It’s interesting that in the texts the Buddha asks us to look to the Dhamma and the Vinaya. He makes a distinction between Dhamma and Vinaya. The Dhamma is something that just is. But the Vinaya is something the Buddha himself changed and adapted and asked us to also change and adapt – e.g. the use of the 4 great standards as just one bit of evidence for this.
The basis of the Vinaya, it seems to me, is kindness and compassion and flexibility; thus it is steeped and based in the Dhamma. A Teaching grounded in an understanding of conditionality and impermanence has to be flexible when it comes to it’s worldly face – because at their heart, that’s what conditionality and impermenance are about: flexibility, change, empty and unfixed cores.
While the Sangha offers us the best chance to keep the Buddha-Dhamma alive in a number of significant ways; it is still a worldly expression of something unworldly. The Vinaya/Patimokka is still of the world - intricately connected to the Dhamma - but not the core Dhamma. Necessary, brilliant often, but still of the world – teaching monastics how to relate to aspects of their world.
Now let me seemingly contradict myself.
If I were to ordain and leave behind the person who’s supported me emotionally, helped me grow in my practice and shown me such patience and kindness; I do so out a sense of confidence/faith/understanding in the Buddha’s teachings. Part of which includes the teaching on the terrible promises offered by the pleasures of the 5 senses. As opposed to the pleasures offered by the various stages - in particular the conclusive stages - of the 8/10 fold path. AN 4.206
Thus, I can imagine myself sitting in a kuti, possibly, suffering as a result of not having access to the previous emotional support and friendship of my best friend. And if after trying all other strategies to let such emotions go, they refuse to do so, I would have to just be open to them and let them teach me and disappear in their own time. And I believe there will be times when access to said best friend would help in this process and there would be times when access would hinder this process.
I’m not suggesting a rule change or anything. I’m just offering a different perspective. It’s common in Buddhist circles to hear men and women say how the opposite gender has caused them nothing but suffering. They blame someone else (the opposite gender) and are blind to the fact that their comments may infact be invalidating and silencing someone else’s story/perspective. Let alone the fact that they’re busy projecting their suffering and possibly even, lust, onto others instead of dealing with it themselves.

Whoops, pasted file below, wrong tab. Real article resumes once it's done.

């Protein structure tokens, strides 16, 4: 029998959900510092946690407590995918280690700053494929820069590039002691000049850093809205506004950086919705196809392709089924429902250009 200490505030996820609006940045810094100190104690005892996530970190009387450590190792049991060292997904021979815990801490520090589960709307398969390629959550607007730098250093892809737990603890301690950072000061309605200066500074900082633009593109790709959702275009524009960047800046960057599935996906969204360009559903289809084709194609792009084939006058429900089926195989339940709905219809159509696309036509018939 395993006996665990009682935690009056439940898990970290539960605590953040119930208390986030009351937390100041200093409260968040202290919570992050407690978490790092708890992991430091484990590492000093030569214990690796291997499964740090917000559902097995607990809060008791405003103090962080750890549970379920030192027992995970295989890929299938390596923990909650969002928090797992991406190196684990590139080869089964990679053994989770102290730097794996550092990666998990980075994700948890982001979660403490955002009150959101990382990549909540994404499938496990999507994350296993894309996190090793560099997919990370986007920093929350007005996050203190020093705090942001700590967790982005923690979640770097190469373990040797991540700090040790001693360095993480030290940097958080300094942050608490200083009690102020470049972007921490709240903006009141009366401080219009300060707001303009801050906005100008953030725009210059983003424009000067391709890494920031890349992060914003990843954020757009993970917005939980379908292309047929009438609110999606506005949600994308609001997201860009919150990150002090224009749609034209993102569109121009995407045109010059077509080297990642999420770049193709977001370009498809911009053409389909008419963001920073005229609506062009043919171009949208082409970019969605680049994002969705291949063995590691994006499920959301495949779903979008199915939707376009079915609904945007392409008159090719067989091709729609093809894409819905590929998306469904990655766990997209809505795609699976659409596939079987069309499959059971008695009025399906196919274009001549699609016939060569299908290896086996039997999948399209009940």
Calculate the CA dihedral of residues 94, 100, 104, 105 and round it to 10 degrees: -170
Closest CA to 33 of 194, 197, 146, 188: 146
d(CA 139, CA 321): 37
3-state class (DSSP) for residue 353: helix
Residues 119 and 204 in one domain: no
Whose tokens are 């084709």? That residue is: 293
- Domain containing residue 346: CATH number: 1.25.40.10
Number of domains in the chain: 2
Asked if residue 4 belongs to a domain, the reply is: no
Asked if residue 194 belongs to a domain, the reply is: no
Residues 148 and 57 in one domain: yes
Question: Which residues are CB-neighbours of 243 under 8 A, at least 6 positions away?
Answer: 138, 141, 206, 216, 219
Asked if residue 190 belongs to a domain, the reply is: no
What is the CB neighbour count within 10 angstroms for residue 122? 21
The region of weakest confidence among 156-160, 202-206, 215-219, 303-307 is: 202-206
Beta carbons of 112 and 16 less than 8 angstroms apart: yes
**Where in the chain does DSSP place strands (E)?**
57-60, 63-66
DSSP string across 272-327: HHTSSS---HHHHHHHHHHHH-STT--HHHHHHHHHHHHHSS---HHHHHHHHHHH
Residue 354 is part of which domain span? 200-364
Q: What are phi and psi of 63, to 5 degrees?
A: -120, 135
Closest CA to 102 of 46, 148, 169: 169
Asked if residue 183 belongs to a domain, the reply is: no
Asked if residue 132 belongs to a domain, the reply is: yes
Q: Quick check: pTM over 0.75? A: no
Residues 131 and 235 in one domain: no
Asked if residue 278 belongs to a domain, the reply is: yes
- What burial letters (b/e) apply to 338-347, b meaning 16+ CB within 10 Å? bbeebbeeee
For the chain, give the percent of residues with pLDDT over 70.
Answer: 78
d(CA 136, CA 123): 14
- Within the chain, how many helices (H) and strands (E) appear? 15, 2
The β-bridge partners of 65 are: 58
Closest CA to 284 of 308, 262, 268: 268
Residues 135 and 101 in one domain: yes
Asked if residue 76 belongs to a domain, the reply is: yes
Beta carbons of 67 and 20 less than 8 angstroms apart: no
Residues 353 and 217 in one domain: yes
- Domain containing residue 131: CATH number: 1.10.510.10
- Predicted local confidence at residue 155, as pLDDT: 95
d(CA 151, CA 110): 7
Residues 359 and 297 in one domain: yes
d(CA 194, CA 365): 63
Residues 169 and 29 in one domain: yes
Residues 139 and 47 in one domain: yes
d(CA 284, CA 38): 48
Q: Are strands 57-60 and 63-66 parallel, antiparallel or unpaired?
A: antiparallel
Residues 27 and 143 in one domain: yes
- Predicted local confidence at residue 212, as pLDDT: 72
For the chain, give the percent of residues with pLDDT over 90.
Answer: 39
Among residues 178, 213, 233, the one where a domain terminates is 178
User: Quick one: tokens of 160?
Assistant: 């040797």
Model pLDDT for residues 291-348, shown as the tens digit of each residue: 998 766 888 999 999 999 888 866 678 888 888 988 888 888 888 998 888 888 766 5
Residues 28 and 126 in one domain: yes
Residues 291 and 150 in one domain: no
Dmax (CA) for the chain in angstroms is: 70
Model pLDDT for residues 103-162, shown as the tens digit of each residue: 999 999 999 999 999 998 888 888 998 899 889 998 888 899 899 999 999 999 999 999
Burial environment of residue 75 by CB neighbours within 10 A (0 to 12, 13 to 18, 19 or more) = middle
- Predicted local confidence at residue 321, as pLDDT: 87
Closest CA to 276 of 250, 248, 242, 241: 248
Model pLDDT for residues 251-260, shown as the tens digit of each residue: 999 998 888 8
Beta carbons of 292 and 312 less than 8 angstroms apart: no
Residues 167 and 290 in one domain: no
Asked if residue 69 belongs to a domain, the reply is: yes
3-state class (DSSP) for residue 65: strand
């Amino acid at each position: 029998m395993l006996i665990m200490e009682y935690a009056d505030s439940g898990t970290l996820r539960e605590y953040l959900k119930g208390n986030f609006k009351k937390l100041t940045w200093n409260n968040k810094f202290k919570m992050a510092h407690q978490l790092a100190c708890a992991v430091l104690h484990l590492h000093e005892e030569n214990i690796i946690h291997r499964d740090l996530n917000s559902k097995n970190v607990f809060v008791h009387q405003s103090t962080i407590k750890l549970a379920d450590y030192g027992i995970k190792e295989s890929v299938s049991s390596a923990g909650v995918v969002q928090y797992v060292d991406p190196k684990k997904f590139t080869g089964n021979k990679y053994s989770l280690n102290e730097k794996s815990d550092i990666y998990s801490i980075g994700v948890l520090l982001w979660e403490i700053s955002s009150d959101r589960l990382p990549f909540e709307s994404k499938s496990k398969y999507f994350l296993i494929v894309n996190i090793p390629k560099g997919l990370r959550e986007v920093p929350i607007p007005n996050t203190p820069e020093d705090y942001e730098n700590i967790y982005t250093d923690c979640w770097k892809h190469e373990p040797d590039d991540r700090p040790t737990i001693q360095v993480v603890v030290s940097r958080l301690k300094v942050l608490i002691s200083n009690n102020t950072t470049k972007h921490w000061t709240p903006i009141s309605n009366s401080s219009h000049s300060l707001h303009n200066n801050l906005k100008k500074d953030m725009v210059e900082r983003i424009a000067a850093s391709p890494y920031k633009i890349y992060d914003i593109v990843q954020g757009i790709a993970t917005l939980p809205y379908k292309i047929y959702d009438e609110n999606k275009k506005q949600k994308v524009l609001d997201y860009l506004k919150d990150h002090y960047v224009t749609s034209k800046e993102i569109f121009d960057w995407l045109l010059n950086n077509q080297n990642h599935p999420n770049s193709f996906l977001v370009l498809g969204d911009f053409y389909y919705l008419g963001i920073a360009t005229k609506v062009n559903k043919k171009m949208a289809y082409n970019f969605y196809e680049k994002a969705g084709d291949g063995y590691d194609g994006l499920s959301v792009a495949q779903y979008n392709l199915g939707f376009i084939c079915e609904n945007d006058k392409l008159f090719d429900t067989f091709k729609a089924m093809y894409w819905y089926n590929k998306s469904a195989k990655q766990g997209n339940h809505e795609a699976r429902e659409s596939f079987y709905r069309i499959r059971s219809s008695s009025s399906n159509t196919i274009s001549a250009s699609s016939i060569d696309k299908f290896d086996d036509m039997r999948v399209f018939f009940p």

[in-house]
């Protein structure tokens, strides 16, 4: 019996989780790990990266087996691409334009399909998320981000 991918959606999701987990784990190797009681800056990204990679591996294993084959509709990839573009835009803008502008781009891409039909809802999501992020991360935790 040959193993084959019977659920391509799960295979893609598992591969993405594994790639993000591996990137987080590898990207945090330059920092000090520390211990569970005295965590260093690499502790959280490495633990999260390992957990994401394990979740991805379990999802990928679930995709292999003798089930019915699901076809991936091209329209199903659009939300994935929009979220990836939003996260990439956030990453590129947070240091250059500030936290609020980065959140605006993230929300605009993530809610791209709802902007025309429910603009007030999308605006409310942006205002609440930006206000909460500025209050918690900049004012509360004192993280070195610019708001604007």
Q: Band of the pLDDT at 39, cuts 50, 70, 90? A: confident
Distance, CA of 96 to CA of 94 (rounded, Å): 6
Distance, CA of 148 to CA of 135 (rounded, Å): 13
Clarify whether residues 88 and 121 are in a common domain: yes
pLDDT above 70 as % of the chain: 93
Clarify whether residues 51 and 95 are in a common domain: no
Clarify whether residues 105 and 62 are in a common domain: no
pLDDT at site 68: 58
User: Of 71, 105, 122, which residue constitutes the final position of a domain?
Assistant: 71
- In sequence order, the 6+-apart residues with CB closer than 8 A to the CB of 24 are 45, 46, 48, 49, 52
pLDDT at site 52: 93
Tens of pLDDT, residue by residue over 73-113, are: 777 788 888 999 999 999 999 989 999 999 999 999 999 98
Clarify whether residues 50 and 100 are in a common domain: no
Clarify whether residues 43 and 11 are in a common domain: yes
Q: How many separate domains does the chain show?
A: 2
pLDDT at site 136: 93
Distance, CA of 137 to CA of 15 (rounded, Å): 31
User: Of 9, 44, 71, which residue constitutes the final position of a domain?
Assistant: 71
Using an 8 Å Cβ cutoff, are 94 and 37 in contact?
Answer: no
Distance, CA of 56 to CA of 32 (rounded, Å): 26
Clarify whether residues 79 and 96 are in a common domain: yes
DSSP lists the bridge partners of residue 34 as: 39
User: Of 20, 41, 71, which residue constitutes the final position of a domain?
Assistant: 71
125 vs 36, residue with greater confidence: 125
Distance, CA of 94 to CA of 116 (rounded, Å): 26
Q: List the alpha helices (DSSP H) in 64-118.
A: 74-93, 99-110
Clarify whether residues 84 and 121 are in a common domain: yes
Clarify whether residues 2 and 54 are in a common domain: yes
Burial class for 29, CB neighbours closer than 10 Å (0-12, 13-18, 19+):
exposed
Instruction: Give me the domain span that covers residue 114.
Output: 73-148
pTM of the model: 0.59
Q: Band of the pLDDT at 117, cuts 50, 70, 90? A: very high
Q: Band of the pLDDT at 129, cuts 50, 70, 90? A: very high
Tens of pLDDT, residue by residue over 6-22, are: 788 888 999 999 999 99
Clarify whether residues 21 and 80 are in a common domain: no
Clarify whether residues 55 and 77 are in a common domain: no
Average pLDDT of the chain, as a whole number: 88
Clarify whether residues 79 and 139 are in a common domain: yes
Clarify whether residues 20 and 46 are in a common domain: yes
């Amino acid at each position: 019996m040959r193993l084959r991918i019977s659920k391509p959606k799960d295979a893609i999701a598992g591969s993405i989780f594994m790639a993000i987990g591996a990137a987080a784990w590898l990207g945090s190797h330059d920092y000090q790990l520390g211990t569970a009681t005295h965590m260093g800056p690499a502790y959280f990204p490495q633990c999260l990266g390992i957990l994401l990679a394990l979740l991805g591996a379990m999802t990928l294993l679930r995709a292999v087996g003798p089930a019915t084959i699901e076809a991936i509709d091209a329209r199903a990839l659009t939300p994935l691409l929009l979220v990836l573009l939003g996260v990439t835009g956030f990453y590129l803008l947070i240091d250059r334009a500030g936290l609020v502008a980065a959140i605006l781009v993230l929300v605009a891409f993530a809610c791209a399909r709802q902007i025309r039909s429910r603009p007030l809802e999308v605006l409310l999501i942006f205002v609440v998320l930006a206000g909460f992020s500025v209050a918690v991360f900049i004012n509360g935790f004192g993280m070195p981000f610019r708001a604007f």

We assume so much when it comes to matters of gender; we assume that what is right for us, must be the same for all. Yes, we need to focus on what we have in common. If we take that to a very general level however and put it within the framework of the Dhamma, it’s about all of us having a need for kindness in our lives.
I deeply appreciate the perspective Ayya @Vimala has offered us. It resonates in many ways for me - there’s that common ground again.
But, I feel that my story/perspective is a bit different to this one and I feel that I have questions too… Thus while I value and applaud any efforts to make us focus on our humanity instead of our gender, I also want to go back to that whole “messiness” thing.
I have learned (and 'am learning) that human interaction of whatever kind is inherently messy. It’s full of misunderstandings and miscommunications. It’s entangled with different and often slightly similar perceptions colliding or even seemingly parallel.
Thus, more than anything, I believe we have to be kind.
And I believe to focus on our common humanity is to accept this inherent, unavoidable messiness.
Further I think “equal” is a heavily loaded word.
It means different things to different people.
Thus I want to go back to what I remember from the Buddha’s teachings about conceit; a teaching only, if memory serves me, only an Anagami, a being who has perfected Kindness, can truly understand and live:
From SN 46.112: There are 3 conceits. The conceit that I am better than another, that I am worse, that I am equal to.
To me all 3 measure and miss the point. I’m not saying I’ve understood this teaching or that I live it. I don’t. I can’t help it. I’m not there yet as much as I would like to be.
But I can appreciate it and I am grateful for where it points me.